Polypharmacy and the Efficacy and Safety of Rivaroxaban versus Warfarin in the Prevention of Stroke in Patients With Nonvalvular Atrial Fibrillation.
Circulation. 2015 Dec 16;
Authors: Piccini JP, Hellkamp AS, Washam JB, Becker RC, Breithardt G, Berkowitz SD, Halperin JL, Hankey GJ, Hacke W, Mahaffey KW, Nessel CC, Singer DE, Fox KA, Patel MR
BACKGROUND: -Patients with atrial fibrillation (AF) often take multiple medications.
METHODS AND RESULTS: -We examined characteristics and compared adjusted outcomes between rivaroxaban and warfarin according to number of concomitant baseline medications and the presence of combined CYP3A4 and P-glycoprotein inhibitors in ROCKET AF. At baseline, 5101 (36%) patients were on 0-4 medications, 7298 (51%) were on 5-9, and 1865 (13%) were on ≥10. While polypharmacy was not associated with higher risk of stroke or non-central nervous system (CNS) embolism (adjusted hazard ratio [HR] 1.02 for ≥10 vs. 0-4, 95% CI 0.76-1.38), it was associated with higher risks of the combined endpoint of stroke, non-CNS embolism, vascular death, or myocardial infarction (adjusted HR 1.41 for ≥10 vs. 0-4, 95% CI 1.18-1.69), and non-major clinically relevant or major bleeding (adjusted HR 1.47 for ≥10 vs. 0-4, 95% CI 1.31-1.65). There was no significant difference in primary efficacy (adjusted interaction p=0.99) or safety outcomes (adjusted interaction p=0.87) between treatment groups by number of medications. Patients treated with 0-4 medications had lower rates of major bleeding with rivaroxaban (adjusted HR 0.71, 95% CI 0.52-0.95, interaction p=0.0074). There was no evidence of differential outcomes in those treated with ≥1 combined CYP3A4 and P-glycoprotein inhibitors.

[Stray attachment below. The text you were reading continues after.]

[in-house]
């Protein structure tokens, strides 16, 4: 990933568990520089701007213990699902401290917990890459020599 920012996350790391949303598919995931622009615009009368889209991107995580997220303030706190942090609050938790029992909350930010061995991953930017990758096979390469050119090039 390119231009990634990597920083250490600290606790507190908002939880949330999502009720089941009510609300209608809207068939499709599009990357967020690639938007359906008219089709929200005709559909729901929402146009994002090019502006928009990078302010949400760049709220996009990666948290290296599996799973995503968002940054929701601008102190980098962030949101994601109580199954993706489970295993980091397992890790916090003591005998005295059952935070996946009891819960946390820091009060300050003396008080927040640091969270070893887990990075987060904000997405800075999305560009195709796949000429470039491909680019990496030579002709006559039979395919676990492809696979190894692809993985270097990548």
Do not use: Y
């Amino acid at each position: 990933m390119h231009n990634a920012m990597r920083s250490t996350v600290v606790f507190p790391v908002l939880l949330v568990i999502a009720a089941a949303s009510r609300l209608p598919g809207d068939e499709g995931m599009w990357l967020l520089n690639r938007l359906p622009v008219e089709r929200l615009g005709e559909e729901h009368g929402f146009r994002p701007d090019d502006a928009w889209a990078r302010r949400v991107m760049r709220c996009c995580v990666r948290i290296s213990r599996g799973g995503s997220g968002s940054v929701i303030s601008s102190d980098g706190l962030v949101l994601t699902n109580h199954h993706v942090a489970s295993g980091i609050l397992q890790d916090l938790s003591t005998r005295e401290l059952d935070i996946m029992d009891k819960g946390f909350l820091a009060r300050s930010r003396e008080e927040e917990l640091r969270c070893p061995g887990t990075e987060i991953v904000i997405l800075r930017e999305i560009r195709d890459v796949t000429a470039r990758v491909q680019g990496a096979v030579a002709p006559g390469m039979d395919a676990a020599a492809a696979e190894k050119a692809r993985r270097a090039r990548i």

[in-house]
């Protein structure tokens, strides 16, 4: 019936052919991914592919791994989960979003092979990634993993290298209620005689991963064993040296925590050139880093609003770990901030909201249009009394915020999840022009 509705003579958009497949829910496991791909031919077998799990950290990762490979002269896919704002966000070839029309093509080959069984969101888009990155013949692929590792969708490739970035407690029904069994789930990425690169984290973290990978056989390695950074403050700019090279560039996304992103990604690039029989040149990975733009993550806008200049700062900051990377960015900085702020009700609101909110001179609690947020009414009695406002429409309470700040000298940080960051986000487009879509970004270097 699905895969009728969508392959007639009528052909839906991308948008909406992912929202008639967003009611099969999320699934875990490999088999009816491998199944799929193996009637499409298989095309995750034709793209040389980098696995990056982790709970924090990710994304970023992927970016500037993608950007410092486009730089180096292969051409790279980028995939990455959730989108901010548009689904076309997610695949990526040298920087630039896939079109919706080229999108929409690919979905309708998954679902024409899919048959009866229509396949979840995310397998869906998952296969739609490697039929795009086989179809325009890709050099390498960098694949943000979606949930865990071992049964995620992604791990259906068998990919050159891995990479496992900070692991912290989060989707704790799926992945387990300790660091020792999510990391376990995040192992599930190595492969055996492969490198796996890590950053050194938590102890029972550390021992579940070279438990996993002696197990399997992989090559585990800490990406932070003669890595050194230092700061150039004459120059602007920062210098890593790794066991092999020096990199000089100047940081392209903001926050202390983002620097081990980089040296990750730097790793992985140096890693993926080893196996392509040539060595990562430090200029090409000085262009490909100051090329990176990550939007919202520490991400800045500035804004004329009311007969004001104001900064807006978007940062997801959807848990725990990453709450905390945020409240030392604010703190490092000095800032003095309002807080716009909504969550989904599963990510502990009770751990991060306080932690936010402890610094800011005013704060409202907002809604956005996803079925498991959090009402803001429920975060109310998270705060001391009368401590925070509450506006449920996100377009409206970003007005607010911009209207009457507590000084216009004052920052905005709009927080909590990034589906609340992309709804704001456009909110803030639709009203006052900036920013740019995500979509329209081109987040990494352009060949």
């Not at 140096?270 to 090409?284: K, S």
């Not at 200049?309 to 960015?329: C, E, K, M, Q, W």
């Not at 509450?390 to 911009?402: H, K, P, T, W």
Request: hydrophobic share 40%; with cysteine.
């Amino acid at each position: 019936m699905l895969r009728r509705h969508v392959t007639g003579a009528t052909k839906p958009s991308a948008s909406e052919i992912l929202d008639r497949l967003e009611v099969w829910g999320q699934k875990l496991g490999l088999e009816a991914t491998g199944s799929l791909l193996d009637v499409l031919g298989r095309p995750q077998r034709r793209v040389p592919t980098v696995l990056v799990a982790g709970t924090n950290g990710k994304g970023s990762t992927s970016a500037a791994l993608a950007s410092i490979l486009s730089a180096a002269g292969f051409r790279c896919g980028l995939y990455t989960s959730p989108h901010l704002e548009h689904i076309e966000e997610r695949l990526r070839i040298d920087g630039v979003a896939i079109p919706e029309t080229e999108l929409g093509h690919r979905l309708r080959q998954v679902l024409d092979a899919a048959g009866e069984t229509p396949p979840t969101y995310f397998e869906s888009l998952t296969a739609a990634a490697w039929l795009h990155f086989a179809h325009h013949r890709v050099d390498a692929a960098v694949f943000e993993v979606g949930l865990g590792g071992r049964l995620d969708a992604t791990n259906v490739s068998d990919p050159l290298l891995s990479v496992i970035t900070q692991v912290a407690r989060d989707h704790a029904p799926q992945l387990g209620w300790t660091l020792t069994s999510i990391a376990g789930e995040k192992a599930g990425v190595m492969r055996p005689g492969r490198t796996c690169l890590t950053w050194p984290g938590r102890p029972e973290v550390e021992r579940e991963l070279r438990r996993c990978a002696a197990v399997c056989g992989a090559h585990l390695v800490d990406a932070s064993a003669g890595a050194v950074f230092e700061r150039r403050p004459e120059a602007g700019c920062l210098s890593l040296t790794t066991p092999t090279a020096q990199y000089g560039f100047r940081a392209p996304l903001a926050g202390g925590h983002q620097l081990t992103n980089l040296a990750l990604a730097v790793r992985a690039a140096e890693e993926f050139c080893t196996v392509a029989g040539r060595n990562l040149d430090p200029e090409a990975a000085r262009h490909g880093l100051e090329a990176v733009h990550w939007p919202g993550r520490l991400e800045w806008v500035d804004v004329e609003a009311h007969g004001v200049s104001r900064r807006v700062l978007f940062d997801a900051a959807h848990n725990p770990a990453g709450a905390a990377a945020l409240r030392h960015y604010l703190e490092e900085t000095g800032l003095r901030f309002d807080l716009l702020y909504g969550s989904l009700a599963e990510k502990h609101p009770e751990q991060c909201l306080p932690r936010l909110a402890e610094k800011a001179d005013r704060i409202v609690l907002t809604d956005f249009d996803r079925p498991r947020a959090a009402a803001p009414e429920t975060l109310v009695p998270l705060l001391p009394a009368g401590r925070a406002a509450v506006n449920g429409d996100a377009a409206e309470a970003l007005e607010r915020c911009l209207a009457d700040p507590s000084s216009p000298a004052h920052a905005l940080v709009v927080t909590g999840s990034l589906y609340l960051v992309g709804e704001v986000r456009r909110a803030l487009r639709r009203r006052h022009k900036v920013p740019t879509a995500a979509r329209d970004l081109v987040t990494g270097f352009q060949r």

CONCLUSIONS: -In a population of patients with AF, two-thirds were on ≥5 medications. Increasing medication use was associated with higher risk of bleeding but not stroke. Rivaroxaban was tolerated across complex patients on multiple medications. Clinical Trial Registration Information-ClinicalTrials.gov. Identifier: NCT00403767.
PMID: 26673560 [PubMed - as supplied by publisher]